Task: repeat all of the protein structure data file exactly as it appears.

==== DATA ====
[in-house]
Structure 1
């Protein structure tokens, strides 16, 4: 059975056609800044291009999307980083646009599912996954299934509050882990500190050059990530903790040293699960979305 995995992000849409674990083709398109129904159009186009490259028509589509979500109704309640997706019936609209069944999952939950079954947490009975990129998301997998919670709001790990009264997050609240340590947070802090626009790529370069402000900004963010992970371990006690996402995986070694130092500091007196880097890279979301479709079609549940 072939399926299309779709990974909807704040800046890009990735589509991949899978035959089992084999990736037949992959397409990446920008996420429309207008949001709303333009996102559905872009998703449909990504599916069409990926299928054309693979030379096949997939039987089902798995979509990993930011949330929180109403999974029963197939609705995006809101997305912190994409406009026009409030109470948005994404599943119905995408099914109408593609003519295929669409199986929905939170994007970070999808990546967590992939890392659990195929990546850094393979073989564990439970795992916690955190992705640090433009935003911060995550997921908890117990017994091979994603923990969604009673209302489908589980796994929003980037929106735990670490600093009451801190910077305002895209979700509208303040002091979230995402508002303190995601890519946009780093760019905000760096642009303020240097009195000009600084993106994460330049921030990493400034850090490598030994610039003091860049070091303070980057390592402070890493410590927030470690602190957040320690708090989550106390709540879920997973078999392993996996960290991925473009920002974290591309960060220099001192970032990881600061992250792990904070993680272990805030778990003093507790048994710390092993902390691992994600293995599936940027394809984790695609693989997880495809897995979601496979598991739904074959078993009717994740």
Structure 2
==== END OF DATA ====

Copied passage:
[in-house]
Structure 1
């Protein structure tokens, strides 16, 4: 059975056609800044291009999307980083646009599912996954299934509050882990500190050059990530903790040293699960979305 995995992000849409674990083709398109129904159009186009490259028509589509979500109704309640997706019936609209069944999952939950079954947490009975990129998301997998919670709001790990009264997050609240340590947070802090626009790529370069402000900004963010992970371990006690996402995986070694130092500091007196880097890279979301479709079609549940 072939399926299309779709990974909807704040800046890009990735589509991949899978035959089992084999990736037949992959397409990446920008996420429309207008949001709303333009996102559905872009998703449909990504599916069409990926299928054309693979030379096949997939039987089902798995979509990993930011949330929180109403999974029963197939609705995006809101997305912190994409406009026009409030109470948005994404599943119905995408099914109408593609003519295929669409199986929905939170994007970070999808990546967590992939890392659990195929990546850094393979073989564990439970795992916690955190992705640090433009935003911060995550997921908890117990017994091979994603923990969604009673209302489908589980796994929003980037929106735990670490600093009451801190910077305002895209979700509208303040002091979230995402508002303190995601890519946009780093760019905000760096642009303020240097009195000009600084993106994460330049921030990493400034850090490598030994610039003091860049070091303070980057390592402070890493410590927030470690602190957040320690708090989550106390709540879920997973078999392993996996960290991925473009920002974290591309960060220099001192970032990881600061992250792990904070993680272990805030778990003093507790048994710390092993902390691992994600293995599936940027394809984790695609693989997880495809897995979601496979598991739904074959078993009717994740």
Structure 2